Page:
The TB MAC systematic literature review of existing academic papers that describe mathematical and economic modelling of TB, a database to support or encourage anybody with an interest in TB modelling. When using this resource, please acknowledge the TB Modelling and Analysis Consortium (TB MAC) in your publication, and do let us know through tb-mac@lshtm.ac.uk.

The file can be downloaded below. This holds all the references in the RIS format, which can be imported directly in most reference manager software packages.

Methods

PubMed was searched using the following search query: (tuberculosis OR TB) AND ((mathem* AND (model OR models)) OR (mathem* modell*) OR (mathem* modeling) OR (modeling OR modelling) OR “Population Dynamics”[MeSH Terms] OR “Population Dynamics” OR “System Dynamics” OR “Computer Simulation” OR “Computer Simulation”[MeSH Terms]OR “epidemiologic* model” OR “tuberculosis model” OR ”TB model” OR “transmission model” OR “dynamic model” OR ((within-host OR immun*) AND model))

Web of Science was searched using the following query: TI=((Tuberculosis OR TB) AND model*)

We also searched mathematical modelling journals for any papers on tuberculosis and scanned references from existing reviews for relevant papers as well as historic TB MAC references. Also, modellers from the TB MAC steering committee (Richard White, Chris Dye, Anna Vassal, Ted Cohen and David Dowdy in 2013, and Rein Houben, Nick Menzies and James Trauer in 2017) kindly made their personal libraries available.

Inclusion criteria: We included all papers describing mathematical modelling as defined by Garnett et al. (Lancet 2011, 378, pg 515-525) which distinguishes between mathematical and statistical models as follows “statistical models are those used to derive parameter estimates from empirical data, and mathematical models are those used to make predictions on the basis of those parameter estimates.

With regard to economic modelling, we limited to papers where modelling methods were used to simulate a population or individuals as they progressed through an algorithm (e.g. decision trees).

We excluded papers with a non-human host only, such as bovine TB in badgers or cattle. We also excluded PKPD models.

Period covered, updates and feedback

The databases and literature were searched up to the 31st of October 2017, and the paper collection should be complete up to that date. However, if you know any papers, new or old, that should be included, please contact us at tb-mac@lshtm.ac.uk. Your contributions are much appreciated.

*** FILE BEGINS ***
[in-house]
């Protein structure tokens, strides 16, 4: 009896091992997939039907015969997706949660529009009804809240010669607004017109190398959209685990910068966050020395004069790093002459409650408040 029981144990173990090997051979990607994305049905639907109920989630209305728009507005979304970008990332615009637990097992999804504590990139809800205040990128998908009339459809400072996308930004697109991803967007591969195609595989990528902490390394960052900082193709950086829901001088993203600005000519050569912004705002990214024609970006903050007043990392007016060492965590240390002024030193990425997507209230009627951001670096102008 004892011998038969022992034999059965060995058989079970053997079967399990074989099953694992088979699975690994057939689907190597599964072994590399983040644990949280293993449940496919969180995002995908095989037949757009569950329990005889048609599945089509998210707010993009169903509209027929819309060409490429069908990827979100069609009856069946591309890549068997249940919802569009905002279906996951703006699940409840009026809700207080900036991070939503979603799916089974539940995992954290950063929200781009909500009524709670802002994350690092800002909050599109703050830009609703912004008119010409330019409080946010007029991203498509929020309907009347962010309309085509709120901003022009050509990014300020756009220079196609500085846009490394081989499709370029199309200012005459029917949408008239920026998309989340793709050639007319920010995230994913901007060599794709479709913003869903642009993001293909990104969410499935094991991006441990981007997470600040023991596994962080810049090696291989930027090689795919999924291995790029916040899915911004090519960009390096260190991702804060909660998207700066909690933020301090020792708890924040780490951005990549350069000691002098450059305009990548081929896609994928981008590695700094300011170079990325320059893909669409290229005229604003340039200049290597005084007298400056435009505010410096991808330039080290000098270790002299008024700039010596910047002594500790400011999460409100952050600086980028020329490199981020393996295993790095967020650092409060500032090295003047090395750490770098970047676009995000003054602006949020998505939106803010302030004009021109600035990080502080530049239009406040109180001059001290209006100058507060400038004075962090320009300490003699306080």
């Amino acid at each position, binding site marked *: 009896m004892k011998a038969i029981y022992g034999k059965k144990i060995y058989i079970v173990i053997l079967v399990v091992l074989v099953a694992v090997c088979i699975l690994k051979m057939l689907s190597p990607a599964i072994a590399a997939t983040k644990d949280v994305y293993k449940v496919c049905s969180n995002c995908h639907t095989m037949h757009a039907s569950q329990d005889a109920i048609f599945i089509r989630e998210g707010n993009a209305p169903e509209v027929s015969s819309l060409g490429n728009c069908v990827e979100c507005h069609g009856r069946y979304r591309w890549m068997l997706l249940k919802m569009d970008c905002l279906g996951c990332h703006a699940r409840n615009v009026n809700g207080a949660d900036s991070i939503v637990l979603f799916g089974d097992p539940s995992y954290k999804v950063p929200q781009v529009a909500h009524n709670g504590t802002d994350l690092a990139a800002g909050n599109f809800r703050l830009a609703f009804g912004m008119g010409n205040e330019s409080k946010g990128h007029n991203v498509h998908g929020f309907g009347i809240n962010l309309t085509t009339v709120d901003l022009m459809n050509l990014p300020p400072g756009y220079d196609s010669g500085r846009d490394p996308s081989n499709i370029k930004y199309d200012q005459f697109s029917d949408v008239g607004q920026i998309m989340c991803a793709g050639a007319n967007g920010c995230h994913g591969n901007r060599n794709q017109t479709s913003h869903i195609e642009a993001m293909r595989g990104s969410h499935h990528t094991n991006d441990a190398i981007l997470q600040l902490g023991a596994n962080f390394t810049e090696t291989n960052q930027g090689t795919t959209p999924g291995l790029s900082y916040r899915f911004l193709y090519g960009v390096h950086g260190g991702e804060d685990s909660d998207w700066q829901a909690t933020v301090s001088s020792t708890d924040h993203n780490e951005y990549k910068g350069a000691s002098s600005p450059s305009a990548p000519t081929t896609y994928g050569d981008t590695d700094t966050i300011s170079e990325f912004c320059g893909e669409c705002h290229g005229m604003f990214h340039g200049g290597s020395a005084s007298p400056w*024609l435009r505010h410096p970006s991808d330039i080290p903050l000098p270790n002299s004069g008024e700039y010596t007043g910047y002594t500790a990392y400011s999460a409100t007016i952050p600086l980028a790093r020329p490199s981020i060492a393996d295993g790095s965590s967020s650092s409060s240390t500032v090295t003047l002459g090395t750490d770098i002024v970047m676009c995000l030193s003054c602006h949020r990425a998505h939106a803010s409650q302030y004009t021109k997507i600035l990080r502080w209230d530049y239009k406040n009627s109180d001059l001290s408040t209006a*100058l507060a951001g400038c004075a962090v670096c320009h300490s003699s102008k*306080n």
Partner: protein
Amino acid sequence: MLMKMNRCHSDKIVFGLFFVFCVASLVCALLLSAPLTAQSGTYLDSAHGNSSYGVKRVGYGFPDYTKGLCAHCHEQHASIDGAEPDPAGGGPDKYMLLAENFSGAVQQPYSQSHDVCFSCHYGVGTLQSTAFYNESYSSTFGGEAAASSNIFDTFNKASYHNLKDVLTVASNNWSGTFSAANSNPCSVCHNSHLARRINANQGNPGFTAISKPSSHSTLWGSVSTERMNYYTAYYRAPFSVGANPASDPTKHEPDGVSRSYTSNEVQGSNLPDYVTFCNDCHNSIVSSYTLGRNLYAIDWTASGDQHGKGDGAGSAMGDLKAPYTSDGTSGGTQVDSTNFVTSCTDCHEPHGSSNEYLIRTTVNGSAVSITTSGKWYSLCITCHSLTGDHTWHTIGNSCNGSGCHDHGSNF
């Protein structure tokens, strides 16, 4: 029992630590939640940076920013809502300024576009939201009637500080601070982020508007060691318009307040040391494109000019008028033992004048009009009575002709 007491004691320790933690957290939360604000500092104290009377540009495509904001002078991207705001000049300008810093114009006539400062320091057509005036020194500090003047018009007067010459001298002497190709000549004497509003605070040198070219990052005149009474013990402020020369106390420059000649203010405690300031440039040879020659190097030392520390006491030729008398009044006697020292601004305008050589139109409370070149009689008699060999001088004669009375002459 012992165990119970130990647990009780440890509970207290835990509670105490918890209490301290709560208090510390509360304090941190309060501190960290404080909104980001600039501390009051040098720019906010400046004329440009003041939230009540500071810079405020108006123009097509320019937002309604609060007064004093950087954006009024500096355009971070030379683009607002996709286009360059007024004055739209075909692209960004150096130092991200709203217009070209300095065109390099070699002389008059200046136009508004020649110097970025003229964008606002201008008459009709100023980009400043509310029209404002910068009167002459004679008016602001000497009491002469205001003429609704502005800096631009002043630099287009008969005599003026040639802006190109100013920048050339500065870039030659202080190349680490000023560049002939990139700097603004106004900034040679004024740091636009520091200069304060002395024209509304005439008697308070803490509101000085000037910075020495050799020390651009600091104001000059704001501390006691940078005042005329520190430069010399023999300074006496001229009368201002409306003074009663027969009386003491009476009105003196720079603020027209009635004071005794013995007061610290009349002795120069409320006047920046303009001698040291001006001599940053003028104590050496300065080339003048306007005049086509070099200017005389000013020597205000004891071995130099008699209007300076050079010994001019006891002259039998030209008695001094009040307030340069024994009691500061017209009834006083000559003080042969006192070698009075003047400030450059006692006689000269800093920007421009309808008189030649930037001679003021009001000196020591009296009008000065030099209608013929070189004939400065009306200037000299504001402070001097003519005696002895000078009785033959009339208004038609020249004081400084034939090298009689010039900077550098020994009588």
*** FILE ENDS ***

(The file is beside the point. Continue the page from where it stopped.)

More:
Email tb-mac@lsthm.ac.uk to let us know what you think, to give suggestions on how to improve this resource, or to ask a question.

Additional reviews

TB Diagnostics Modelling

This review collates all the TB modelling papers on novel diagnostics, which was used for the second TB MAC meeting held in April 2013 in Amsterdam. The file can be downloaded below. This holds all the references in the RIS format, which can be imported directly in most reference manager software packages.

Scope of review: Models that evaluated novel tools to diagnose active TB. Not models that explore impact of screening new populations (e.g. Active versus Passive Case Finding). Review focuses on the models comparing diagnostic tool or methods of TB diagnostic modelling, not populations to diagnose.

Papers were selected from the general TB MAC resource of all TB modelling database. A free text search for ‘diagn’ was done to identify potentially relevant papers.

Inclusion/Exclusion criteria

  1. Excluded if:
    1. Focus on diagnosing latent TB disease to fit with scope of meeting
    2. Published before 2000 (so to reflect current modelling practices and reasonably novel diagnostic methods)
    3. Used only diagnostic tools that fall within existing standards of care at the time of analysis. Note: Xpert not considered standard of care for this review
  2. Include cost-effectiveness papers only if reported use of decision or markov model in analysis

Paper selection and data extraction done by 2 reviewers (Alice Zwerling, Rein Houben). From 436 records we selected 92 papers for full-text review, of which 31 papers were included for data extraction.

TB HIV modelling

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